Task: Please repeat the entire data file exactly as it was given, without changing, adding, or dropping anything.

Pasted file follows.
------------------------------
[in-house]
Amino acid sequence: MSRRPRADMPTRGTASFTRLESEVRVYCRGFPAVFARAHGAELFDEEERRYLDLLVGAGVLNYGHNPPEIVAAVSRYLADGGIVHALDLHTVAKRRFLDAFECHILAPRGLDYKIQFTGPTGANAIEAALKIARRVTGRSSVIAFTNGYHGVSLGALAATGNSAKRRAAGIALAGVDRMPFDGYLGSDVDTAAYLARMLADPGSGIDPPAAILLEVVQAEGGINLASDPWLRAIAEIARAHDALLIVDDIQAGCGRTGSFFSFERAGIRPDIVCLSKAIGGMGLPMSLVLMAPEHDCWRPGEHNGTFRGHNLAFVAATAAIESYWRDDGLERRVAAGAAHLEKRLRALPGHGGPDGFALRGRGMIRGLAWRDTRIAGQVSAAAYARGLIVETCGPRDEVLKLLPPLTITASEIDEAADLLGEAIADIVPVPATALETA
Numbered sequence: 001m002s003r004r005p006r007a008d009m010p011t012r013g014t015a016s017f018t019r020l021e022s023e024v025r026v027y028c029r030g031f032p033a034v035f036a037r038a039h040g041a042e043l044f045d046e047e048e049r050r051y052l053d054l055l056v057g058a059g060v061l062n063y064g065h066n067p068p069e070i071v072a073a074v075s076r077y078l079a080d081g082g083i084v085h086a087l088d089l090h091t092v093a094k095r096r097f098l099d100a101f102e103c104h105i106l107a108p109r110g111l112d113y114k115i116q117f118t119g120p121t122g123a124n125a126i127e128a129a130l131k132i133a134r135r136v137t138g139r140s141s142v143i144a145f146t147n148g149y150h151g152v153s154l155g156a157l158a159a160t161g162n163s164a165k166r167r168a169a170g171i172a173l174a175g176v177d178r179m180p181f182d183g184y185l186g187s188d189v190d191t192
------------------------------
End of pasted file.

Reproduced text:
[in-house]
Amino acid sequence: MSRRPRADMPTRGTASFTRLESEVRVYCRGFPAVFARAHGAELFDEEERRYLDLLVGAGVLNYGHNPPEIVAAVSRYLADGGIVHALDLHTVAKRRFLDAFECHILAPRGLDYKIQFTGPTGANAIEAALKIARRVTGRSSVIAFTNGYHGVSLGALAATGNSAKRRAAGIALAGVDRMPFDGYLGSDVDTAAYLARMLADPGSGIDPPAAILLEVVQAEGGINLASDPWLRAIAEIARAHDALLIVDDIQAGCGRTGSFFSFERAGIRPDIVCLSKAIGGMGLPMSLVLMAPEHDCWRPGEHNGTFRGHNLAFVAATAAIESYWRDDGLERRVAAGAAHLEKRLRALPGHGGPDGFALRGRGMIRGLAWRDTRIAGQVSAAAYARGLIVETCGPRDEVLKLLPPLTITASEIDEAADLLGEAIADIVPVPATALETA
Numbered sequence: 001m002s003r004r005p006r007a008d009m010p011t012r013g014t015a016s017f018t019r020l021e022s023e024v025r026v027y028c029r030g031f032p033a034v035f036a037r038a039h040g041a042e043l044f045d046e047e048e049r050r051y052l053d054l055l056v057g058a059g060v061l062n063y064g065h066n067p068p069e070i071v072a073a074v075s076r077y078l079a080d081g082g083i084v085h086a087l088d089l090h091t092v093a094k095r096r097f098l099d100a101f102e103c104h105i106l107a108p109r110g111l112d113y114k115i116q117f118t119g120p121t122g123a124n125a126i127e128a129a130l131k132i133a134r135r136v137t138g139r140s141s142v143i144a145f146t147n148g149y150h151g152v153s154l155g156a157l158a159a160t161g162n163s164a165k166r167r168a169a170g171i172a173l174a175g176v177d178r179m180p181f182d183g184y185l186g187s188d189v190d191t192